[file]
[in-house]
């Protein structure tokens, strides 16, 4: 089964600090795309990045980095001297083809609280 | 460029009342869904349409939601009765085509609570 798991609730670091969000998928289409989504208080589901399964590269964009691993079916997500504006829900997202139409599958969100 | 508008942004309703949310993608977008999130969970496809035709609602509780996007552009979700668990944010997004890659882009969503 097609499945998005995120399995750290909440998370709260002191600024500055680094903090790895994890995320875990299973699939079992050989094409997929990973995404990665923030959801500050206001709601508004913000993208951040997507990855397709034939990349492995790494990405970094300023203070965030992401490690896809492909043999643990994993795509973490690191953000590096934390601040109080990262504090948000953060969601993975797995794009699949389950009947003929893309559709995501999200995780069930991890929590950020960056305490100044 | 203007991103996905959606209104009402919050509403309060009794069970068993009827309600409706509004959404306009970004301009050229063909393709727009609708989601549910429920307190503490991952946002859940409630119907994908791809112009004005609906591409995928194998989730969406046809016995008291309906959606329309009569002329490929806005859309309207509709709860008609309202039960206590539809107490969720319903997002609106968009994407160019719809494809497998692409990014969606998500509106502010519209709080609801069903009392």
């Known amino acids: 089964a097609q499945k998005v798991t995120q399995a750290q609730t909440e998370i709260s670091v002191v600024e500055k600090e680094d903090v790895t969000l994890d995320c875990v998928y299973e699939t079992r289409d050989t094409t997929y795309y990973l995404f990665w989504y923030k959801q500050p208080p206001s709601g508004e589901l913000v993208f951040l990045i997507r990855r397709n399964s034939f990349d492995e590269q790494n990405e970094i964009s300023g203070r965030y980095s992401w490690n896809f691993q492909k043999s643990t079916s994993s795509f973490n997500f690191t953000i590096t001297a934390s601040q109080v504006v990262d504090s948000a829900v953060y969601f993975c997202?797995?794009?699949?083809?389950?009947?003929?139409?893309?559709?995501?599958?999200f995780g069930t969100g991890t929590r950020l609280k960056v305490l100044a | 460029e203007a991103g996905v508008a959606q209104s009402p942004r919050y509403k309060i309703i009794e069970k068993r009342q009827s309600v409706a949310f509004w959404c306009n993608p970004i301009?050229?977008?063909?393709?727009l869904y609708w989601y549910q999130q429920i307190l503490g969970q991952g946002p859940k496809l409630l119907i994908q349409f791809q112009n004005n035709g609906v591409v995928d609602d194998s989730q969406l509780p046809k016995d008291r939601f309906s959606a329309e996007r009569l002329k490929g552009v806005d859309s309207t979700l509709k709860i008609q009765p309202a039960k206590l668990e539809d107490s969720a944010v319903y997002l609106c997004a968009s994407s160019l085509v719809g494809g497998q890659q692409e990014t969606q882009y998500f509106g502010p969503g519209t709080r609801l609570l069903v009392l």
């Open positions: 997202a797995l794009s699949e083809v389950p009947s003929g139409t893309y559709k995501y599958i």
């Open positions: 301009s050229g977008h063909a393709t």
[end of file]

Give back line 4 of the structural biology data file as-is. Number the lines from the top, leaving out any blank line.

């Open positions: 997202a797995l794009s699949e083809v389950p009947s003929g139409t893309y559709k995501y599958i």